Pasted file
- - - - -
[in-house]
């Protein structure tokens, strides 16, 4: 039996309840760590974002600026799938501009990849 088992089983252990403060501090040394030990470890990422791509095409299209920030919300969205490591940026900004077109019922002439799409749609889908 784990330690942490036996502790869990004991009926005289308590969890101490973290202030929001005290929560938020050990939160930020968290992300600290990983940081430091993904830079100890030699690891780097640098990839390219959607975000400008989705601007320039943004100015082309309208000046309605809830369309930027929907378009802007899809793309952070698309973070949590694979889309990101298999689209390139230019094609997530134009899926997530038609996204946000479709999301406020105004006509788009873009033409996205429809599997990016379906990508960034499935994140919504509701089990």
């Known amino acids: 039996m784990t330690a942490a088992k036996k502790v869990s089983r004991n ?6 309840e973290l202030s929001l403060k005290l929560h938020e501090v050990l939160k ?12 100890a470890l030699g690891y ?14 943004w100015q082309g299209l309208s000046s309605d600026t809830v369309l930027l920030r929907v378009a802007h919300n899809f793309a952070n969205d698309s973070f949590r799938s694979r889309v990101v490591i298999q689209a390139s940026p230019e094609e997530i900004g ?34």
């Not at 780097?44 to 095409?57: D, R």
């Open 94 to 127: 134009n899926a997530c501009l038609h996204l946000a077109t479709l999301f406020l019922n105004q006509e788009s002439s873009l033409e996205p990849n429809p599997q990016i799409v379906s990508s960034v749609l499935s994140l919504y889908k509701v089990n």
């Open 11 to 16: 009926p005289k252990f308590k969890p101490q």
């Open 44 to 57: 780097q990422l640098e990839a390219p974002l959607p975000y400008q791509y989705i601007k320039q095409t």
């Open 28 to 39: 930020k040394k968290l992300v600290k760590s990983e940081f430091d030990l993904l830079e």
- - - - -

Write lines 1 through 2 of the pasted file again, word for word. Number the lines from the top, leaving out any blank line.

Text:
[in-house]
């Protein structure tokens, strides 16, 4: 039996309840760590974002600026799938501009990849 088992089983252990403060501090040394030990470890990422791509095409299209920030919300969205490591940026900004077109019922002439799409749609889908 784990330690942490036996502790869990004991009926005289308590969890101490973290202030929001005290929560938020050990939160930020968290992300600290990983940081430091993904830079100890030699690891780097640098990839390219959607975000400008989705601007320039943004100015082309309208000046309605809830369309930027929907378009802007899809793309952070698309973070949590694979889309990101298999689209390139230019094609997530134009899926997530038609996204946000479709999301406020105004006509788009873009033409996205429809599997990016379906990508960034499935994140919504509701089990």